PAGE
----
You Can’t Always Get What You Want
Text: Acts 25
Proposition: What we want may not be what we need especially if we can’t see how sovereign God really is.
Introduction: In 1969 Mick Jagger wrote a song that was meant to be a flip side filler but became one of the best known songs for the next five decades. It was called, ‘You Can’t Always Get What You Want’. It was one of the first rock songs to use orchestral arrangements and choirs and it seemed to speak into the emptiness of the self indulgent 60’s, a call to move on, to continue to seek for the misplaced hope of that era. You may be wondering what does a 60’s rock song have to do with the study of Scripture and the preaching of the Gospel? I think this song and others like it were a search for hope without any acknowledgment of God nor how sovereign He really is in the lives of all people. What the Scriptures shows us is that sovereign hand of God is right there in the very moments when you can’t always get what you want.
When the Romans first conquered the region of Palestine about 60 years before Christ, they made Judaism a legal religion in the Roman empire. They even extended to the Jews the right to exercise capital punishment against anyone who profaned the Temple. Christianity was also considered a legal religion, a sect of Judaism, during those first years of Nero’s reign. The Romans had realized that in order to maintain peace and control over the region they would need to placate the Jews and especially the men who were its leaders, the high priests and Pharisees. In the previous chapter we saw the governor hold a court hearing as the chief priests brought accusations against Paul. The conclusion of that chapter left us without a verdict but the governor kept Paul, a Roman citizen with rights under Roman law, under house arrest for the next two years as a peace offering to the Jews. Now the new governor Festus comes and these politics are brand new to him. What becomes evident is that no matter whether you are a high priest, a Roman governor or even an Apostle of Christ, you can’t always get what you want. Have a look at Acts 25.
I. What Both Festus and the High Priest Wanted Was to be Effective.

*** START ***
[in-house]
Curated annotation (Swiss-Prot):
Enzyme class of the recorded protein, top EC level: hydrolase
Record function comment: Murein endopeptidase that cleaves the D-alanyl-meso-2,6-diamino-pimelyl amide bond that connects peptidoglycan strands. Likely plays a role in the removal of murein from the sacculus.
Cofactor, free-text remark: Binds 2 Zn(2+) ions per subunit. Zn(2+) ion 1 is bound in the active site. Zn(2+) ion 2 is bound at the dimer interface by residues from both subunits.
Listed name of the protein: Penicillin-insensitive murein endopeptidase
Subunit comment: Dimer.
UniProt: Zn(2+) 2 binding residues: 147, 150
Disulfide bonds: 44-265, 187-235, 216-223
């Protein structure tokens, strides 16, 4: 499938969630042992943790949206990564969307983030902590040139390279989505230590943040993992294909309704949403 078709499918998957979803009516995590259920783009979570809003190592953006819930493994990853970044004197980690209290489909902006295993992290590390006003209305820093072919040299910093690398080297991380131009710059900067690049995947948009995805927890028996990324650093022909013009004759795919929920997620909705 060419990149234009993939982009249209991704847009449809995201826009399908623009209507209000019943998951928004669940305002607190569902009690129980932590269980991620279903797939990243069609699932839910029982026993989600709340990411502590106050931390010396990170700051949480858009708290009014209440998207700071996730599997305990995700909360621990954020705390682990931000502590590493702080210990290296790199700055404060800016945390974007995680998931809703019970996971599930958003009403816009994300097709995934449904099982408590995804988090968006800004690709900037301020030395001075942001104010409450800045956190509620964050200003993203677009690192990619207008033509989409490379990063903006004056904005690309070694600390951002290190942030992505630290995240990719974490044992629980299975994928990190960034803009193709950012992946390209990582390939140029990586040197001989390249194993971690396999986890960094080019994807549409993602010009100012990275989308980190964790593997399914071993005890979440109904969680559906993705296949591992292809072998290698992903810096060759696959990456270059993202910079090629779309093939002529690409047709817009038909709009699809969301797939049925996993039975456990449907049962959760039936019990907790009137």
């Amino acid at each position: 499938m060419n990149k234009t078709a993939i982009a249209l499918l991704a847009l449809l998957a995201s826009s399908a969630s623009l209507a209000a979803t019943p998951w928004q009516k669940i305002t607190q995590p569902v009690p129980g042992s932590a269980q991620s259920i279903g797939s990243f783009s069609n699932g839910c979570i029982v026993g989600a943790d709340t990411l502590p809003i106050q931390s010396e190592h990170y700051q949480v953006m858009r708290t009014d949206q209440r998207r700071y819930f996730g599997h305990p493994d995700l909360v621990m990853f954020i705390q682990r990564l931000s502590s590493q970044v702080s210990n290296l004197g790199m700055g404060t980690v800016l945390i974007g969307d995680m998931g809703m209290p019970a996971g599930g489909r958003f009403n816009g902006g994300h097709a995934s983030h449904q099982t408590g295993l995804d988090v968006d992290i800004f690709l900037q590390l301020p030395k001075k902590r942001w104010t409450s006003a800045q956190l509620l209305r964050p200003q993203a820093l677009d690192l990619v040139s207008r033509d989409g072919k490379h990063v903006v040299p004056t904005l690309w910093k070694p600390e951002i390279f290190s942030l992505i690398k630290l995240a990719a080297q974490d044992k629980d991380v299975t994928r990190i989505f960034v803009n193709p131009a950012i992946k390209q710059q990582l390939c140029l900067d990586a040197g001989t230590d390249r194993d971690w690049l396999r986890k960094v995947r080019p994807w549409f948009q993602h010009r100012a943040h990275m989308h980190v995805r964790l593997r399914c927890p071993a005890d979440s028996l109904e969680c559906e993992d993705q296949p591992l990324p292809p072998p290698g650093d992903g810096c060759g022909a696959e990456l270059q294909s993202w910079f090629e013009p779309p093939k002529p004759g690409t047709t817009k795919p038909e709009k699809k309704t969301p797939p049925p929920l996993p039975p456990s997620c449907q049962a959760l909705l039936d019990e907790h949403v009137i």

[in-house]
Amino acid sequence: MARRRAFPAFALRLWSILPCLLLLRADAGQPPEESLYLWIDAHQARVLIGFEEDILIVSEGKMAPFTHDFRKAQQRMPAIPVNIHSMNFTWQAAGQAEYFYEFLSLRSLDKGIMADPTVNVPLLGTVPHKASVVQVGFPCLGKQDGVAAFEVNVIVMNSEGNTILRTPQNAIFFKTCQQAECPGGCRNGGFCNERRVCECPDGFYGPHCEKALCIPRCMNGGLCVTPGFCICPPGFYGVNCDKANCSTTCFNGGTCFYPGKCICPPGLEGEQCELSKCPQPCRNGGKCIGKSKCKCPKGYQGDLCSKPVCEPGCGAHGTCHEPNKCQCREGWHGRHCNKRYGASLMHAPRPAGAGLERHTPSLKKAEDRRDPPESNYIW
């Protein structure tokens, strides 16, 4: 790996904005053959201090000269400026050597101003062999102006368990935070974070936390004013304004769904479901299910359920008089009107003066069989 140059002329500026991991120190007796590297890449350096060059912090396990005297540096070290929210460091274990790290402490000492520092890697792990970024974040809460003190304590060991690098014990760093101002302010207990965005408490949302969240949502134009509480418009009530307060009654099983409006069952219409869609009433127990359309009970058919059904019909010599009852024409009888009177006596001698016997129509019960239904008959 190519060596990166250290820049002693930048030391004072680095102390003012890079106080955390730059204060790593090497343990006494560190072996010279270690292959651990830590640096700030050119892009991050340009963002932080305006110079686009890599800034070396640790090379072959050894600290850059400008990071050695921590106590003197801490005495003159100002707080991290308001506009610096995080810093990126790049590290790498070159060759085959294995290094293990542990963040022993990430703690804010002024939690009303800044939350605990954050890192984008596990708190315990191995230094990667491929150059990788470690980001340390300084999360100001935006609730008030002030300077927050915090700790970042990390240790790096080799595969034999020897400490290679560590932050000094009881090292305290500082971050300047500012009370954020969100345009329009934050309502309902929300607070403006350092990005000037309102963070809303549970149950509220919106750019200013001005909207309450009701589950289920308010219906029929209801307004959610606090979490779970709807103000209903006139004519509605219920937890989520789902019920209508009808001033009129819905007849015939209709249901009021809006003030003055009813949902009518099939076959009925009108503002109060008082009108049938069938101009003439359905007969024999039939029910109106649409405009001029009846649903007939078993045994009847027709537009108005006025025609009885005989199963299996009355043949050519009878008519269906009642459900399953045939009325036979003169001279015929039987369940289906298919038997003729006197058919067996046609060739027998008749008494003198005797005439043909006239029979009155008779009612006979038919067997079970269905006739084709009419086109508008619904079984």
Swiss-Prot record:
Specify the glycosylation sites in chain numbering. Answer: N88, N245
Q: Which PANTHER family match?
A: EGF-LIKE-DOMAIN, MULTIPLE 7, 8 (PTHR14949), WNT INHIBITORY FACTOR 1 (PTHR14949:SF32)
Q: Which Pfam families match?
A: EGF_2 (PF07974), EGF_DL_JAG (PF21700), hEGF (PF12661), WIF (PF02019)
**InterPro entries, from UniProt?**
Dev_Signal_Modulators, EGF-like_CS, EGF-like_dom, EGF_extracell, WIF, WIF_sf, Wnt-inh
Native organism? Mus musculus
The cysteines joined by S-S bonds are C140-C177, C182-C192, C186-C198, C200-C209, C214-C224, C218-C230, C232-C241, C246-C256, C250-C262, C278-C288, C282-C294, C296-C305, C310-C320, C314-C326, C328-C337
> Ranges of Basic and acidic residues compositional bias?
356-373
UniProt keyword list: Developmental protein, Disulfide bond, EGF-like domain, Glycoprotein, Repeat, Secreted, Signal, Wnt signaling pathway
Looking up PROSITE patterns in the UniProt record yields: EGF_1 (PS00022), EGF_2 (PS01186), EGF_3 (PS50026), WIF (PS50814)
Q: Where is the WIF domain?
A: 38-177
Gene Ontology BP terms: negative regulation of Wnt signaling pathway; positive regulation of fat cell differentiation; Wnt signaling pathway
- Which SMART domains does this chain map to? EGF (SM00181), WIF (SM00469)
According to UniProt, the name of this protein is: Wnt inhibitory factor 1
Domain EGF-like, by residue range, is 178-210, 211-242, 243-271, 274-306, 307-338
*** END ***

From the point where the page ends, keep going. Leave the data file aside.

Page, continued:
To be effective, to make a difference, to have significance, that’s something you could say we all want. To achieve that would mean Festus must find a way to balance the ‘wants’ of Israel with the ‘wants’ of Rome. So he goes up to Jerusalem to meet the leadership of Israel and soon discovers that there is a particular issue they have with a prisoner he is holding at the fortress down on the coast at Caesarea. They suggest to Festus that he just summon Paul to be brought to Jerusalem and the whole matter can be resolved and the governor would get off to a good start. Perhaps Festus had heard about the previous plot to ambush Paul, perhaps he sees this as a ploy to undermine his authority, whatever the reason Festus declines their offer and seeks a speedy resolution of the issue in Caesarea. What looks to him like a rather simple case he quickly discovers to be quite tricky. It is evident that Paul has broken no Roman law so he ought to be let go. But what is also evident is that to do so would create real tension between his administration and the Jews. Nero was on the throne in Rome and any tension would not be favourably received no matter the justification. So Festus seeks to give the Jews what they wanted in the first place, Paul before them in Jerusalem. What he didn’t see coming was the response of Paul who knew that the likelihood of making it to Jerusalem alive was slim let alone the trial that awaited him there. Paul’s response is clear, “I stand at Caesar’s judgment seat, where I ought to be judged. To the Jews I have done no wrong, as you very well know. For if I am an offender, or have committed anything deserving of death, I do not object to dying; but if there is nothing in these things of which these men accuse me, no one can deliver me to them. I appeal to Caesar.” Suddenly this has taken an irreversible turn. Paul as a citizen of Rome had the right to appeal to Caesar and stand before him in Rome when a case was deemed serious and unsolvable. Clearly the high priest didn’t get what he wanted and nor did Festus. In fact Festus was now in trouble because unless the reason for sending Paul to Rome is really serious it would be like sending a parking ticket to the supreme court of Canada because you couldn’t decide how to resolve it. Nero wouldn’t like that. What was unclear to both the high priest and to Festus the governor was that the sovereignty of God directs the decisions and outcomes of all people whether they acknowledge Him or not. The sovereignty of God drives us in the direction of seeing the truth of who God is especially when we don’t get what we want. It’s not at all about what you want, it’s about what you need and the universal need for mankind is freedom from sin and eternal life in Christ Jesus.